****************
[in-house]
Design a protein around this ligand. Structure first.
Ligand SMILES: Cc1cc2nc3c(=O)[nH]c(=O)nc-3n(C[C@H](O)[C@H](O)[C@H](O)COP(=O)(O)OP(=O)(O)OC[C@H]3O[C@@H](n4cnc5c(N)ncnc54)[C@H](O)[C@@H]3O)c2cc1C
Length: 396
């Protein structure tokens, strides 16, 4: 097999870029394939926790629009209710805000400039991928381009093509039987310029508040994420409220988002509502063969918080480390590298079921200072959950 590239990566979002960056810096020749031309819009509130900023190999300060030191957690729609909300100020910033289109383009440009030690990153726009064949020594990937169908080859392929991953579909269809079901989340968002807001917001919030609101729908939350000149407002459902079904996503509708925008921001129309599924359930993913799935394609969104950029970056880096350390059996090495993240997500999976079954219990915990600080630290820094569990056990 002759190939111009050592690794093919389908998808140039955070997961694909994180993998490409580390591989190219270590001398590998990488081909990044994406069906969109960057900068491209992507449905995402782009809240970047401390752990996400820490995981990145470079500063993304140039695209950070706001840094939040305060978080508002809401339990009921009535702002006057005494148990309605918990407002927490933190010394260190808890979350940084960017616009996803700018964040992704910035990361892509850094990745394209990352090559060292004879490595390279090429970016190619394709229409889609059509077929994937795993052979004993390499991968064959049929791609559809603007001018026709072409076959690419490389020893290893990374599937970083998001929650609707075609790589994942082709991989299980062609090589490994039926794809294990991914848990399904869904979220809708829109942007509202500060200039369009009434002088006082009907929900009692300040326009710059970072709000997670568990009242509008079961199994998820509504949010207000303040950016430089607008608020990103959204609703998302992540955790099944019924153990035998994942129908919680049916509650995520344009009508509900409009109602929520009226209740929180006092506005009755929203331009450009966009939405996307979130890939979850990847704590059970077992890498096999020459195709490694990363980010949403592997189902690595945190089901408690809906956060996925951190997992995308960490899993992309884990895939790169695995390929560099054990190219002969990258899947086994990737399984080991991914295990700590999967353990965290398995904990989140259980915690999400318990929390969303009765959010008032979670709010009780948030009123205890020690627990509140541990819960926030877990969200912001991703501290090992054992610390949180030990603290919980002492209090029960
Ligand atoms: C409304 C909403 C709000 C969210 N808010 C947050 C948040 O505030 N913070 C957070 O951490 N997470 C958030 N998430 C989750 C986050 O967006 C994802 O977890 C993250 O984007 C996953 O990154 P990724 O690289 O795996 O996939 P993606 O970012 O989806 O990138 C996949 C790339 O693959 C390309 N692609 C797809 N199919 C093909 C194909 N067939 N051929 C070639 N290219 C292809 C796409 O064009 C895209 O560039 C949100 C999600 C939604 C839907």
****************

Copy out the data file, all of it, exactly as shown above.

[in-house]
Design a protein around this ligand. Structure first.
Ligand SMILES: Cc1cc2nc3c(=O)[nH]c(=O)nc-3n(C[C@H](O)[C@H](O)[C@H](O)COP(=O)(O)OP(=O)(O)OC[C@H]3O[C@@H](n4cnc5c(N)ncnc54)[C@H](O)[C@@H]3O)c2cc1C
Length: 396
């Protein structure tokens, strides 16, 4: 097999870029394939926790629009209710805000400039991928381009093509039987310029508040994420409220988002509502063969918080480390590298079921200072959950 590239990566979002960056810096020749031309819009509130900023190999300060030191957690729609909300100020910033289109383009440009030690990153726009064949020594990937169908080859392929991953579909269809079901989340968002807001917001919030609101729908939350000149407002459902079904996503509708925008921001129309599924359930993913799935394609969104950029970056880096350390059996090495993240997500999976079954219990915990600080630290820094569990056990 002759190939111009050592690794093919389908998808140039955070997961694909994180993998490409580390591989190219270590001398590998990488081909990044994406069906969109960057900068491209992507449905995402782009809240970047401390752990996400820490995981990145470079500063993304140039695209950070706001840094939040305060978080508002809401339990009921009535702002006057005494148990309605918990407002927490933190010394260190808890979350940084960017616009996803700018964040992704910035990361892509850094990745394209990352090559060292004879490595390279090429970016190619394709229409889609059509077929994937795993052979004993390499991968064959049929791609559809603007001018026709072409076959690419490389020893290893990374599937970083998001929650609707075609790589994942082709991989299980062609090589490994039926794809294990991914848990399904869904979220809708829109942007509202500060200039369009009434002088006082009907929900009692300040326009710059970072709000997670568990009242509008079961199994998820509504949010207000303040950016430089607008608020990103959204609703998302992540955790099944019924153990035998994942129908919680049916509650995520344009009508509900409009109602929520009226209740929180006092506005009755929203331009450009966009939405996307979130890939979850990847704590059970077992890498096999020459195709490694990363980010949403592997189902690595945190089901408690809906956060996925951190997992995308960490899993992309884990895939790169695995390929560099054990190219002969990258899947086994990737399984080991991914295990700590999967353990965290398995904990989140259980915690999400318990929390969303009765959010008032979670709010009780948030009123205890020690627990509140541990819960926030877990969200912001991703501290090992054992610390949180030990603290919980002492209090029960
Ligand atoms: C409304 C909403 C709000 C969210 N808010 C947050 C948040 O505030 N913070 C957070 O951490 N997470 C958030 N998430 C989750 C986050 O967006 C994802 O977890 C993250 O984007 C996953 O990154 P990724 O690289 O795996 O996939 P993606 O970012 O989806 O990138 C996949 C790339 O693959 C390309 N692609 C797809 N199919 C093909 C194909 N067939 N051929 C070639 N290219 C292809 C796409 O064009 C895209 O560039 C949100 C999600 C939604 C839907």